Today's Man Crush Monday is dedicated to the Prince of Preachers himself, Charles Spurgeon. Now, it is no secret that Spurgeon has informed many of my affections towards reformed theology. And let's face it. The man was, in fact, the hipster par excellence, as he would often preach to the masses while wearing a bowtie, vest, and quite possibly the most full, symmetrically kept beard the world has witnessed since the days of Jesus. Oh, and marvel at that hipster haircut!
Spurgeon was a giant among those who heralded the Gospel in his day. And no less could be said of today. His writings widely remain the most quoted in sermons the world over. From Arminians to Calvinists, Spurgeon's clarion call of the Gospel transcends doctrinal deadlocks of the pulpit, penetrating the hearts of hearers desperately in need of this good news -- you are absolutely insane if you believe you have the ability to save yourself apart from the grace of the finished work of Jesus. Consider this excerpt from Spurgeon's All of Grace:
Spurgeon's gospel proclamation is not merely a band aid for my works righteousness-oriented heart. No, his Gospel mastery is of the likes of a most skillful surgeon, and his understanding of the good news of Jesus is not only the diagnostic of my heart condition: It is the anesthetic forcing me to lose all sense of consciousness in my ability to maintain control and save myself ; It is the scalpel separating flesh and bone; It is the retractor by which my chest is held open and my dead heart laid bare; It is the hands removing death and placing a regenerate heart inside of me; It is the best news that I am dead and I cannot bring myself back to life by no means of my own good works; It is the truth that only Jesus can save me from myself and He will not be needing the help of this helpless soul laying bare before him on the operating table of his own merit. Jesus simply needs nothing of my own understanding of my symptoms, my diagnostic, or my prescription for my best life now. I simply need Jesus. And He is all the justification I need.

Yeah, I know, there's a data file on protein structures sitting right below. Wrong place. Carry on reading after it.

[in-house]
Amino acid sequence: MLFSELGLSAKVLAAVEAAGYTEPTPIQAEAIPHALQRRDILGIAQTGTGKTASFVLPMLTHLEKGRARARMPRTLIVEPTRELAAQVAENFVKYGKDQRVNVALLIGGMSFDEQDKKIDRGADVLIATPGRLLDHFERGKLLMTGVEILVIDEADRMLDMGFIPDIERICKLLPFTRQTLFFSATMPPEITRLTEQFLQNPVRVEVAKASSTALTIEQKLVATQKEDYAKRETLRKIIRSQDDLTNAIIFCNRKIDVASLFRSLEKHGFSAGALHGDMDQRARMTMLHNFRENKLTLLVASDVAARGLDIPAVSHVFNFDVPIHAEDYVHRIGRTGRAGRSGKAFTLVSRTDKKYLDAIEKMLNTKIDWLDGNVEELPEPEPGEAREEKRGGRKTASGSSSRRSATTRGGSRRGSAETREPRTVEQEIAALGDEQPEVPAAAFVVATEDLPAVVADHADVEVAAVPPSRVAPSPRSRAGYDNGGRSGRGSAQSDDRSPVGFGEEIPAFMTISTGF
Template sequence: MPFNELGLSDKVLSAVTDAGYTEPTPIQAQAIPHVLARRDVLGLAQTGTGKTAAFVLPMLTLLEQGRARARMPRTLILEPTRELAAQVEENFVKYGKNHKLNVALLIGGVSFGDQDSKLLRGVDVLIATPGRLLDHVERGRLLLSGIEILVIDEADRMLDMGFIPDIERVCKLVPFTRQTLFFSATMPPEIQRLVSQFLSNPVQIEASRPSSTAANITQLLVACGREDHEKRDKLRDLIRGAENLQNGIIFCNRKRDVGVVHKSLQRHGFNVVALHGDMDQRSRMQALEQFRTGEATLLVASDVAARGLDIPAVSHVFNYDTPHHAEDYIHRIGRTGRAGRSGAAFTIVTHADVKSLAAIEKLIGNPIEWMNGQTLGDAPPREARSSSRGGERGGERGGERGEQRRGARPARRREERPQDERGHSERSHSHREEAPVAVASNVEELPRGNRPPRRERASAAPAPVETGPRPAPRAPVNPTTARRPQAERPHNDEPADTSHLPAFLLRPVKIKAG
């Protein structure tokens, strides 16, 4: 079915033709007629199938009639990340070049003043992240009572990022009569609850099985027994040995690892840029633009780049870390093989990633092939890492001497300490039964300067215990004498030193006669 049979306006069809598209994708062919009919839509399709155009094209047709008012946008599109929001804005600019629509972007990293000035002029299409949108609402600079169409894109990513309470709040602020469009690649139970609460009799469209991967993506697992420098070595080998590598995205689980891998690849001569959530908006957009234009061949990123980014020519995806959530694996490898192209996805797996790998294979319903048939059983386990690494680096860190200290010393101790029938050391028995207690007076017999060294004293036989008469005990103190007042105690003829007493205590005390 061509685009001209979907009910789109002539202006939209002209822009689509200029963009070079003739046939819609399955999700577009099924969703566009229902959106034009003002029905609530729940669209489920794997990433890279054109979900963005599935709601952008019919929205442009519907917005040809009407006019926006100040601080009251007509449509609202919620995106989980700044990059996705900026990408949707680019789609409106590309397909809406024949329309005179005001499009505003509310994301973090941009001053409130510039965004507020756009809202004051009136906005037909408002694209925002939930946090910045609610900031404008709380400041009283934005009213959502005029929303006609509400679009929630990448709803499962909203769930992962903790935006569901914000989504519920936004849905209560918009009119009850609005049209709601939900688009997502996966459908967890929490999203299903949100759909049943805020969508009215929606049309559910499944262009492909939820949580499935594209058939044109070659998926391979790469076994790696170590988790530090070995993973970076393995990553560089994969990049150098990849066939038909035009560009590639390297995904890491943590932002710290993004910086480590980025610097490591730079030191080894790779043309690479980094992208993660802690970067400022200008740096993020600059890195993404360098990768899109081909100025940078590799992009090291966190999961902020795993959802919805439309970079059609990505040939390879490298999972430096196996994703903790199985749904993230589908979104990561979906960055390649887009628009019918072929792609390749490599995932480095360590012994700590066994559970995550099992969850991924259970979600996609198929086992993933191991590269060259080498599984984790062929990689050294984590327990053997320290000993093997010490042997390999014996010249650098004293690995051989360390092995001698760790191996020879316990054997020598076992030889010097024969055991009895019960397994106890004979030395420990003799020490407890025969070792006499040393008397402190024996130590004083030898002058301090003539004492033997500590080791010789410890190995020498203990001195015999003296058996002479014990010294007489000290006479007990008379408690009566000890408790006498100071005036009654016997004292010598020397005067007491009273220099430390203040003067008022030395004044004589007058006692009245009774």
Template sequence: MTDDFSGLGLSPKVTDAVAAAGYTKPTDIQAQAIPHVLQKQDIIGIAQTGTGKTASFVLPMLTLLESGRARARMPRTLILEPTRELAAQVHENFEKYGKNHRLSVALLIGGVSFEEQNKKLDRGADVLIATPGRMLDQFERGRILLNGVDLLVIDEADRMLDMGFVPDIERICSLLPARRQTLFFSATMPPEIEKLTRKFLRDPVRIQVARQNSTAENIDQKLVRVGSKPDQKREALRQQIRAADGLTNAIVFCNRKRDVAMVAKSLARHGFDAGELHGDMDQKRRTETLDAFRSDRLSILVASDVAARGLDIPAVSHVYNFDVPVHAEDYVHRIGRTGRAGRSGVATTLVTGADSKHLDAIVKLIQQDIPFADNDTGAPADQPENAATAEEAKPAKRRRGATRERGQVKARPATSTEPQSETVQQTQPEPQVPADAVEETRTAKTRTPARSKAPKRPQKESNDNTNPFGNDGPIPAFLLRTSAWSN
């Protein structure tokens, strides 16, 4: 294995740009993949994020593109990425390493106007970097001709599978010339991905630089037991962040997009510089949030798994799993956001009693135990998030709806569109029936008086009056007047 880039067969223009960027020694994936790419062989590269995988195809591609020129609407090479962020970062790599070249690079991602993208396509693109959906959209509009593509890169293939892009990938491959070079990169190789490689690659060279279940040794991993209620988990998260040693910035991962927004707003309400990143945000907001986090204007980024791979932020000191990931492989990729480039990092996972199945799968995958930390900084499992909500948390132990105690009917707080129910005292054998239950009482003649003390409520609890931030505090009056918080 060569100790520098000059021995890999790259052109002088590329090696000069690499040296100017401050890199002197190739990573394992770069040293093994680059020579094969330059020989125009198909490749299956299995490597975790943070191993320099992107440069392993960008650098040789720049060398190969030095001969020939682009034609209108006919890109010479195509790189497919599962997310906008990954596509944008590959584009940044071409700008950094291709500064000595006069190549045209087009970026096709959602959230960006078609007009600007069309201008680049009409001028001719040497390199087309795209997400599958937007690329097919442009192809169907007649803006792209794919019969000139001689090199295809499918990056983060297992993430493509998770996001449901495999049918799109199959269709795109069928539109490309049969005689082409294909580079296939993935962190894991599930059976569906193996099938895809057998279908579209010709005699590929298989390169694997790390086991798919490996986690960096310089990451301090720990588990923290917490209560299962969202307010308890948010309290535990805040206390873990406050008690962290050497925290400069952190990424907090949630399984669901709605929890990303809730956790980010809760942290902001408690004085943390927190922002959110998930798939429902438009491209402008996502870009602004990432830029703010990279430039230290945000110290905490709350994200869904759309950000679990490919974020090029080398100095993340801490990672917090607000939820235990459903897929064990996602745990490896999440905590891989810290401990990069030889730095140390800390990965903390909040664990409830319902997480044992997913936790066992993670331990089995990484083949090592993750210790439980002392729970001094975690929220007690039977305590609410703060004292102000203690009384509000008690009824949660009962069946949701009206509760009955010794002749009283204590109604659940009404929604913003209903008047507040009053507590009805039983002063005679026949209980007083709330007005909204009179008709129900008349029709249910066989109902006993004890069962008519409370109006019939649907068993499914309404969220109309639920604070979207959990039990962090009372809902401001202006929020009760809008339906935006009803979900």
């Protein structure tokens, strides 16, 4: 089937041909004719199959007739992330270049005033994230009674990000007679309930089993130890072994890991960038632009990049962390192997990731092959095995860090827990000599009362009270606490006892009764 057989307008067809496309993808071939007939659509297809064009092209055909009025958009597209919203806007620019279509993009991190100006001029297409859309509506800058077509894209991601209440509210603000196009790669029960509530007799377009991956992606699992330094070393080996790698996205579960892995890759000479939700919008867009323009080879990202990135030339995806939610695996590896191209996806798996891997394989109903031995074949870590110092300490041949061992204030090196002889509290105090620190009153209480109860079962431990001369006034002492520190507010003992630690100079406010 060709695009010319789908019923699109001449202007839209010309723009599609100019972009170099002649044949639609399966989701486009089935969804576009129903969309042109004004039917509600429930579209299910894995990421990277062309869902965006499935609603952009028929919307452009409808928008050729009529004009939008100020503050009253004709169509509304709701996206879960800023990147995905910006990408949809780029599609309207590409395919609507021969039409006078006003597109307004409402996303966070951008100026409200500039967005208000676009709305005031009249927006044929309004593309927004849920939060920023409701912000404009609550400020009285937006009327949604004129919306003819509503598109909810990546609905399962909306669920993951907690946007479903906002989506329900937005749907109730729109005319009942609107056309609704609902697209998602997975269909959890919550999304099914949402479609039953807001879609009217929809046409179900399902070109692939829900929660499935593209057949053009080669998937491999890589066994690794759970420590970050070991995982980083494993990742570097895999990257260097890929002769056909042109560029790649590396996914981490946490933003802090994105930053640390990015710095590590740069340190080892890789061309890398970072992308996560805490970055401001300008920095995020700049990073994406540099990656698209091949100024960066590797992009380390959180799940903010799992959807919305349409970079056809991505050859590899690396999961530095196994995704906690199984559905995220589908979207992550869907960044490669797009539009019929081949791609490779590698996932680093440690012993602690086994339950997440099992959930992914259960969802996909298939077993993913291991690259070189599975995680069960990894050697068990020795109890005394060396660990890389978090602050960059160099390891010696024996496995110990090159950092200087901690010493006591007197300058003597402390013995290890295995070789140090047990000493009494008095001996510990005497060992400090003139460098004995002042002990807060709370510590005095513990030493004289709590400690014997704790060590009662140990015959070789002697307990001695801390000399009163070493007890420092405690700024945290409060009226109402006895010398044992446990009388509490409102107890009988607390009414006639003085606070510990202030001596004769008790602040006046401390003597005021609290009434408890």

This alone should be enough to warm my affections towards this Jesus that Spurgeon understood all too well. And it does. Infinitely. In a land of checks and balances, do goodery, and the proverbial "attaboy!" from those I want to admire me, Spurgeon's love for preaching a whole Gospel for the whole person reorients my life. Yet, this not what solely causes me to dedicate today's #MCM to him. What draws me most to the life and works of Spurgeon is this:
Like me, Spurgeon suffered deeply from bouts of depression and it drove him to love the Gospel of Jesus even more. This is why Spurgeon's life and work are so incredibly meaningful to me as with many pastors. The man simply forces those of us who suffer from depression to allow the Gospel to be the only thing that will ever move us from darkness to light. Spurgeon tasted all of the weariness, brokenness, and sadness this busted world threw at him, and he still believed that the only thing that could save the depressed and the emotionally healthy was singular: the finished work of Jesus on behalf of the sinner.
I wish I had time to unpack all of the wrestlings of Spurgeon as he fought with depression. However, they are well documented and, quite frankly, I would never do a just job of assessing his life as well as others have. So, with that in mind, if you would like to read a little further, I suggest these three reads:
Spurgeon's Sorrows -- Zack Eswine